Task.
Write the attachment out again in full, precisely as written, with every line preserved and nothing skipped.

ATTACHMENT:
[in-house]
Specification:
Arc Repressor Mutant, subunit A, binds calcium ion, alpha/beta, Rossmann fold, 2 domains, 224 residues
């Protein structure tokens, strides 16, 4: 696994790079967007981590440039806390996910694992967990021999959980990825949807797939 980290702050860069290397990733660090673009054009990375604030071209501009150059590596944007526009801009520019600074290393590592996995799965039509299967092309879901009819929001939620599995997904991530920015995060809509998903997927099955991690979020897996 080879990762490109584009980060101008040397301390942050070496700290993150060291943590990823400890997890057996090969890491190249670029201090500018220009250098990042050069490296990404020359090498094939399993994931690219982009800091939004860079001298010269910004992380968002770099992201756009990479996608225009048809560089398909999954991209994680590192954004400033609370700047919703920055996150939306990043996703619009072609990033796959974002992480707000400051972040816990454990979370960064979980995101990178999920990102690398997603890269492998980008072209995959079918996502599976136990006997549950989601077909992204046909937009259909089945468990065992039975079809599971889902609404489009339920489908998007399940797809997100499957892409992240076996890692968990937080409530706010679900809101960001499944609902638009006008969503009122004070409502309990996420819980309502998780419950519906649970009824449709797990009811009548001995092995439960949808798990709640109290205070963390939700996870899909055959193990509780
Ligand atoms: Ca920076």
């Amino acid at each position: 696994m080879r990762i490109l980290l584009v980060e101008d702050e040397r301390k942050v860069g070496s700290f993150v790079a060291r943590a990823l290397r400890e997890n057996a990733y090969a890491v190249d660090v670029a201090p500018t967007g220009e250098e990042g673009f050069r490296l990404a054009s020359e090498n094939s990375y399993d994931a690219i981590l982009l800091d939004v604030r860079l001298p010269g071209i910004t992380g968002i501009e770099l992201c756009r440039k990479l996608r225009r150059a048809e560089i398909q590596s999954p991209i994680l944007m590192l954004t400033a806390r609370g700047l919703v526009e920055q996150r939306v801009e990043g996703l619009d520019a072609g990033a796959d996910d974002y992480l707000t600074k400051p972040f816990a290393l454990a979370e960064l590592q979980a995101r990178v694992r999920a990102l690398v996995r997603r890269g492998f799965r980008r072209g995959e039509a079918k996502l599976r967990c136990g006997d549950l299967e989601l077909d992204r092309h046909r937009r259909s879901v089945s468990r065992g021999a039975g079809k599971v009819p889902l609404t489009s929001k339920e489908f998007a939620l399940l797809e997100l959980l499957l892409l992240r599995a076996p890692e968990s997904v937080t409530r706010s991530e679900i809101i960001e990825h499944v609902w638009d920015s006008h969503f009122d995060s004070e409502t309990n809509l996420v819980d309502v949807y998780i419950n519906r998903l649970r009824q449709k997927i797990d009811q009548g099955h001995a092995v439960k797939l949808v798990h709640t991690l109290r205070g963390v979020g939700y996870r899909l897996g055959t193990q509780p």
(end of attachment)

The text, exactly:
[in-house]
Specification:
Arc Repressor Mutant, subunit A, binds calcium ion, alpha/beta, Rossmann fold, 2 domains, 224 residues
């Protein structure tokens, strides 16, 4: 696994790079967007981590440039806390996910694992967990021999959980990825949807797939 980290702050860069290397990733660090673009054009990375604030071209501009150059590596944007526009801009520019600074290393590592996995799965039509299967092309879901009819929001939620599995997904991530920015995060809509998903997927099955991690979020897996 080879990762490109584009980060101008040397301390942050070496700290993150060291943590990823400890997890057996090969890491190249670029201090500018220009250098990042050069490296990404020359090498094939399993994931690219982009800091939004860079001298010269910004992380968002770099992201756009990479996608225009048809560089398909999954991209994680590192954004400033609370700047919703920055996150939306990043996703619009072609990033796959974002992480707000400051972040816990454990979370960064979980995101990178999920990102690398997603890269492998980008072209995959079918996502599976136990006997549950989601077909992204046909937009259909089945468990065992039975079809599971889902609404489009339920489908998007399940797809997100499957892409992240076996890692968990937080409530706010679900809101960001499944609902638009006008969503009122004070409502309990996420819980309502998780419950519906649970009824449709797990009811009548001995092995439960949808798990709640109290205070963390939700996870899909055959193990509780
Ligand atoms: Ca920076």
């Amino acid at each position: 696994m080879r990762i490109l980290l584009v980060e101008d702050e040397r301390k942050v860069g070496s700290f993150v790079a060291r943590a990823l290397r400890e997890n057996a990733y090969a890491v190249d660090v670029a201090p500018t967007g220009e250098e990042g673009f050069r490296l990404a054009s020359e090498n094939s990375y399993d994931a690219i981590l982009l800091d939004v604030r860079l001298p010269g071209i910004t992380g968002i501009e770099l992201c756009r440039k990479l996608r225009r150059a048809e560089i398909q590596s999954p991209i994680l944007m590192l954004t400033a806390r609370g700047l919703v526009e920055q996150r939306v801009e990043g996703l619009d520019a072609g990033a796959d996910d974002y992480l707000t600074k400051p972040f816990a290393l454990a979370e960064l590592q979980a995101r990178v694992r999920a990102l690398v996995r997603r890269g492998f799965r980008r072209g995959e039509a079918k996502l599976r967990c136990g006997d549950l299967e989601l077909d992204r092309h046909r937009r259909s879901v089945s468990r065992g021999a039975g079809k599971v009819p889902l609404t489009s929001k339920e489908f998007a939620l399940l797809e997100l959980l499957l892409l992240r599995a076996p890692e968990s997904v937080t409530r706010s991530e679900i809101i960001e990825h499944v609902w638009d920015s006008h969503f009122d995060s004070e409502t309990n809509l996420v819980d309502v949807y998780i419950n519906r998903l649970r009824q449709k997927i797990d009811q009548g099955h001995a092995v439960k797939l949808v798990h709640t991690l109290r205070g963390v979020g939700y996870r899909l897996g055959t193990q509780p």